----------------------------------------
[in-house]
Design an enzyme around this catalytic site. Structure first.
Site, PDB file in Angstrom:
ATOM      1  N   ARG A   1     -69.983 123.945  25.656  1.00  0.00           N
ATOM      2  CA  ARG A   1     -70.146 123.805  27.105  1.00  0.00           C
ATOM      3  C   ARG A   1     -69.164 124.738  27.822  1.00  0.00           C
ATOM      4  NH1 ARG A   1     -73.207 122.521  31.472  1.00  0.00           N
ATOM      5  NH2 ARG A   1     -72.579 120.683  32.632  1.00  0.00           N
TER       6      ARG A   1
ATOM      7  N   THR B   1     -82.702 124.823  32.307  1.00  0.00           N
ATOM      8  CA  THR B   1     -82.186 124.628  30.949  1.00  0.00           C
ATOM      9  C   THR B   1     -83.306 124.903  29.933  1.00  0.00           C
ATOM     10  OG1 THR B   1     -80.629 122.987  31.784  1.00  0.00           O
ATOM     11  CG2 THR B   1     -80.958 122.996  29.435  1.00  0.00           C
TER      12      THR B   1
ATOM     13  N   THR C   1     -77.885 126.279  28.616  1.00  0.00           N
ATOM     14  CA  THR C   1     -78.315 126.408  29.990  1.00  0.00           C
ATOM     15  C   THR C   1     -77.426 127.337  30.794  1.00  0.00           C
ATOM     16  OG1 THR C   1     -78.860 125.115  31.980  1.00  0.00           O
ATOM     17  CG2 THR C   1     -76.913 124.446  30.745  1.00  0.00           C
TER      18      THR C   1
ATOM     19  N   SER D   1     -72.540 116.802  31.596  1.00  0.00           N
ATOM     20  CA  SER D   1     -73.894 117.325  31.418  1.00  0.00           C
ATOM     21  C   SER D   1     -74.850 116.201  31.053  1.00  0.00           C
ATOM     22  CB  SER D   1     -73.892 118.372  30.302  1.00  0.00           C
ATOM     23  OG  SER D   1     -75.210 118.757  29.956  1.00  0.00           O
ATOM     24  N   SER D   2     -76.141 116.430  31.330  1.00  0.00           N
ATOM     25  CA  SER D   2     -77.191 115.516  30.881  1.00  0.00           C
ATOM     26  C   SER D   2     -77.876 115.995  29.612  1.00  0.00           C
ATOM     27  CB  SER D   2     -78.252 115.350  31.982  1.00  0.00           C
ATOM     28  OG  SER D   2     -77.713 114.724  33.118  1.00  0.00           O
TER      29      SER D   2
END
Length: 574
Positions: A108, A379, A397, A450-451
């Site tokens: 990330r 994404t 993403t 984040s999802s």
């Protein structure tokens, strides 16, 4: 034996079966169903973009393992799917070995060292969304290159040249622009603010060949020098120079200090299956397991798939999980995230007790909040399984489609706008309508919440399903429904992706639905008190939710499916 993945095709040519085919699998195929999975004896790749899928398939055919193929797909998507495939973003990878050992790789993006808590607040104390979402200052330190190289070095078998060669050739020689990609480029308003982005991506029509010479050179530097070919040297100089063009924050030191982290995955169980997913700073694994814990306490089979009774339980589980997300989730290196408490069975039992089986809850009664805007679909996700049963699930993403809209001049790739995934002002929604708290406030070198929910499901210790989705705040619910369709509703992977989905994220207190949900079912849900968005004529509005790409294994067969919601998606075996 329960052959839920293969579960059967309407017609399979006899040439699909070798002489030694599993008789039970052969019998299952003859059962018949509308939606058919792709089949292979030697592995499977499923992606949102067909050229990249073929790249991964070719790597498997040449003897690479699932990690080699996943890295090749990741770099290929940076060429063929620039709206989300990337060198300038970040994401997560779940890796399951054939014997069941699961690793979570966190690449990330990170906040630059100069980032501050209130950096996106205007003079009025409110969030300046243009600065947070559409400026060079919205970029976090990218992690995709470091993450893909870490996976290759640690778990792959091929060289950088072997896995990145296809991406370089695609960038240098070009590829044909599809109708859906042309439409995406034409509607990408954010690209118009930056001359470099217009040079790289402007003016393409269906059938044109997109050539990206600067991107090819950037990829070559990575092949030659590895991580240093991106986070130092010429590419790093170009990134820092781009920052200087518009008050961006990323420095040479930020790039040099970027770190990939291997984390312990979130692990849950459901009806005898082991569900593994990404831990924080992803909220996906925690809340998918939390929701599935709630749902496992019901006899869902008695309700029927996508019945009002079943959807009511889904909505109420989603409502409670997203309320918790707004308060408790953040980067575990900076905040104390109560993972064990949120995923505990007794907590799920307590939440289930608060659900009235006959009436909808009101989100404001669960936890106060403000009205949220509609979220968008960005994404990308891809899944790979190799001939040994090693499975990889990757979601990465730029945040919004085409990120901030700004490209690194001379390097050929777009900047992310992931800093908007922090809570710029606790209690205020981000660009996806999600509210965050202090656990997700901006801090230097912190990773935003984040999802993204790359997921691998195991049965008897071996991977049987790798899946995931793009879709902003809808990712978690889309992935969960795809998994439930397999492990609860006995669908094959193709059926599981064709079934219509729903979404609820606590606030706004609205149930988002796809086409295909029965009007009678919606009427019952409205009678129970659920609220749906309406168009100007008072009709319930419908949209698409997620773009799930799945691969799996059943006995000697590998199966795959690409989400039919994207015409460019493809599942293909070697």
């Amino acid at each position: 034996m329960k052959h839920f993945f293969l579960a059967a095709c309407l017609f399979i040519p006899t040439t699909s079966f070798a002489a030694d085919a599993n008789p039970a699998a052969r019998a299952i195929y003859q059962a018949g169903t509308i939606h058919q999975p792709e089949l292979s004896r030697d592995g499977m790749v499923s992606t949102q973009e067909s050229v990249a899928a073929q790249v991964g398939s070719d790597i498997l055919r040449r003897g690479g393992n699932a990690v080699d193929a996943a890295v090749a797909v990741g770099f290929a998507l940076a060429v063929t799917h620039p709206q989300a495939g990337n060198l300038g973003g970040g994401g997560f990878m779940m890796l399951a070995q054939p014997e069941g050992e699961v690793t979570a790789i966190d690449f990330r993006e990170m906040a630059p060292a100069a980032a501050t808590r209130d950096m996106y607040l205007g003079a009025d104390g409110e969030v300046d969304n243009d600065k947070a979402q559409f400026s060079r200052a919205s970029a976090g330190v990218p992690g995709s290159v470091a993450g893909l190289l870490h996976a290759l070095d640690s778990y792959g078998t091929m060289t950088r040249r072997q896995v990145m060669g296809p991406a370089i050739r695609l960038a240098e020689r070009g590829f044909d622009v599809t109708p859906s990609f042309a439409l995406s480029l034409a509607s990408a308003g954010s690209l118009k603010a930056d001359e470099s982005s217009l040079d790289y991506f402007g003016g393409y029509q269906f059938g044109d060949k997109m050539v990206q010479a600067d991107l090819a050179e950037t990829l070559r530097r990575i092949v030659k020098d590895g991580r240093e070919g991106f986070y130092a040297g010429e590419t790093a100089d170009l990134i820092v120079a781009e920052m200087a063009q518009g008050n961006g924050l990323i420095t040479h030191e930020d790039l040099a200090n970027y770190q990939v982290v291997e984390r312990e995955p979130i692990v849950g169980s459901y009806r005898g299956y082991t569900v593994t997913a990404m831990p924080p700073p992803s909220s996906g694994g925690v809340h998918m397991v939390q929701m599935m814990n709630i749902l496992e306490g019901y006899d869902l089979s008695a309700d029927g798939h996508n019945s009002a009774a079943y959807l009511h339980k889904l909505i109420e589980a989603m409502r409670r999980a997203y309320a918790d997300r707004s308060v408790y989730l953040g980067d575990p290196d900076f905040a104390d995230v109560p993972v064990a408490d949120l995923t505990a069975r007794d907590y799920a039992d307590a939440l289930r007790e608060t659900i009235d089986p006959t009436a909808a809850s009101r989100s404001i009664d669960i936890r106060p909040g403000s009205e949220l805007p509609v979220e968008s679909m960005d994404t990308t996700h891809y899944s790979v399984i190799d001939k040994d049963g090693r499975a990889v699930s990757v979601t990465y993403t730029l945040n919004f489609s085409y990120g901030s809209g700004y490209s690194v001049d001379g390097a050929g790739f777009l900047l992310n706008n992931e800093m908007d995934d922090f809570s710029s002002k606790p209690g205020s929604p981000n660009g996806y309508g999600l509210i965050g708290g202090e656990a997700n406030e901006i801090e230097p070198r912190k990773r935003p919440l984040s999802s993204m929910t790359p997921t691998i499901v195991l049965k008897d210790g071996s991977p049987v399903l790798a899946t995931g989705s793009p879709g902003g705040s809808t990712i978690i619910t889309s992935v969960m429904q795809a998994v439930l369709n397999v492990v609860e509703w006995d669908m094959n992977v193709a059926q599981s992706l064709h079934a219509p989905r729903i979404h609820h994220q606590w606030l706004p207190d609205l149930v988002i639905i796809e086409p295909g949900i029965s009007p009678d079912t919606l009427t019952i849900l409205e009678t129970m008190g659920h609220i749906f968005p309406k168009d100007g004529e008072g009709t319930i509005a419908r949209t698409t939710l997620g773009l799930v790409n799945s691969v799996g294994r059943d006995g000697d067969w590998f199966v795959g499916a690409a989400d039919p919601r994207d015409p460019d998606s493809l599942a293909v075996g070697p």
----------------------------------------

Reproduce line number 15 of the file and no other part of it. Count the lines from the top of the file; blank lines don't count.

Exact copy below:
TER      12      THR B   1